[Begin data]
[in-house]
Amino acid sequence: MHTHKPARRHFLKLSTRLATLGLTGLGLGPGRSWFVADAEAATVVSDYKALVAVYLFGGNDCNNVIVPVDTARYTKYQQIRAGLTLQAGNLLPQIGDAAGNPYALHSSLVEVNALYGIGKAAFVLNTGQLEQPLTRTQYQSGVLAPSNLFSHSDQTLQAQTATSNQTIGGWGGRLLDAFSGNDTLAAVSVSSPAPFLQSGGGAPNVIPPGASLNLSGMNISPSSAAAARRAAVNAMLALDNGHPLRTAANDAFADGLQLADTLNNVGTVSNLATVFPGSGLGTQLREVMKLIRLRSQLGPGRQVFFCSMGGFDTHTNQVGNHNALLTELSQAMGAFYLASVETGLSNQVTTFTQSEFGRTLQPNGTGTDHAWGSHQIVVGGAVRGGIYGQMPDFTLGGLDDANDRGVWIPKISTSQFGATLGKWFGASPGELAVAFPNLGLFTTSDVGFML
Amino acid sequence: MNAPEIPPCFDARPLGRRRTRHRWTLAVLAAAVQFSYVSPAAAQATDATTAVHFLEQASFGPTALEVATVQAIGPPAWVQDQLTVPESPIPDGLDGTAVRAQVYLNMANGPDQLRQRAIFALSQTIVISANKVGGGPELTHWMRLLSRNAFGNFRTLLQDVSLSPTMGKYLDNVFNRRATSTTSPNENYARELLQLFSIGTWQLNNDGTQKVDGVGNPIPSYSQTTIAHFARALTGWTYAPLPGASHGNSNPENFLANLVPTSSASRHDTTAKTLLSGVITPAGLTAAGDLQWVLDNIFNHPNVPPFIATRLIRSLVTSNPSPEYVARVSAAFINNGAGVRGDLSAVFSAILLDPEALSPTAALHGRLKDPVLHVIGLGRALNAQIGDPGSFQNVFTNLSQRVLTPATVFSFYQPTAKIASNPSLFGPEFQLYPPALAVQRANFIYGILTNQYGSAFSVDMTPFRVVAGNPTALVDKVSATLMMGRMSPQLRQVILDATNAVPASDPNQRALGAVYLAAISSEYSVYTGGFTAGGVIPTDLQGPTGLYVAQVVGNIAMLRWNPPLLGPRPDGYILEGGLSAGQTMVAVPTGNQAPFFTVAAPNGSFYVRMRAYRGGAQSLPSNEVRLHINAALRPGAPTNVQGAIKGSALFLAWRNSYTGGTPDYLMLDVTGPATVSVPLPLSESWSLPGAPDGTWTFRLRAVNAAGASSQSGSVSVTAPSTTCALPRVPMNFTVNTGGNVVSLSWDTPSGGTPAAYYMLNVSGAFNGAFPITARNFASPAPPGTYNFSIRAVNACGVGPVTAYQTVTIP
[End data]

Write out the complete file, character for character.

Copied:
[in-house]
Amino acid sequence: MHTHKPARRHFLKLSTRLATLGLTGLGLGPGRSWFVADAEAATVVSDYKALVAVYLFGGNDCNNVIVPVDTARYTKYQQIRAGLTLQAGNLLPQIGDAAGNPYALHSSLVEVNALYGIGKAAFVLNTGQLEQPLTRTQYQSGVLAPSNLFSHSDQTLQAQTATSNQTIGGWGGRLLDAFSGNDTLAAVSVSSPAPFLQSGGGAPNVIPPGASLNLSGMNISPSSAAAARRAAVNAMLALDNGHPLRTAANDAFADGLQLADTLNNVGTVSNLATVFPGSGLGTQLREVMKLIRLRSQLGPGRQVFFCSMGGFDTHTNQVGNHNALLTELSQAMGAFYLASVETGLSNQVTTFTQSEFGRTLQPNGTGTDHAWGSHQIVVGGAVRGGIYGQMPDFTLGGLDDANDRGVWIPKISTSQFGATLGKWFGASPGELAVAFPNLGLFTTSDVGFML
Amino acid sequence: MNAPEIPPCFDARPLGRRRTRHRWTLAVLAAAVQFSYVSPAAAQATDATTAVHFLEQASFGPTALEVATVQAIGPPAWVQDQLTVPESPIPDGLDGTAVRAQVYLNMANGPDQLRQRAIFALSQTIVISANKVGGGPELTHWMRLLSRNAFGNFRTLLQDVSLSPTMGKYLDNVFNRRATSTTSPNENYARELLQLFSIGTWQLNNDGTQKVDGVGNPIPSYSQTTIAHFARALTGWTYAPLPGASHGNSNPENFLANLVPTSSASRHDTTAKTLLSGVITPAGLTAAGDLQWVLDNIFNHPNVPPFIATRLIRSLVTSNPSPEYVARVSAAFINNGAGVRGDLSAVFSAILLDPEALSPTAALHGRLKDPVLHVIGLGRALNAQIGDPGSFQNVFTNLSQRVLTPATVFSFYQPTAKIASNPSLFGPEFQLYPPALAVQRANFIYGILTNQYGSAFSVDMTPFRVVAGNPTALVDKVSATLMMGRMSPQLRQVILDATNAVPASDPNQRALGAVYLAAISSEYSVYTGGFTAGGVIPTDLQGPTGLYVAQVVGNIAMLRWNPPLLGPRPDGYILEGGLSAGQTMVAVPTGNQAPFFTVAAPNGSFYVRMRAYRGGAQSLPSNEVRLHINAALRPGAPTNVQGAIKGSALFLAWRNSYTGGTPDYLMLDVTGPATVSVPLPLSESWSLPGAPDGTWTFRLRAVNAAGASSQSGSVSVTAPSTTCALPRVPMNFTVNTGGNVVSLSWDTPSGGTPAAYYMLNVSGAFNGAFPITARNFASPAPPGTYNFSIRAVNACGVGPVTAYQTVTIP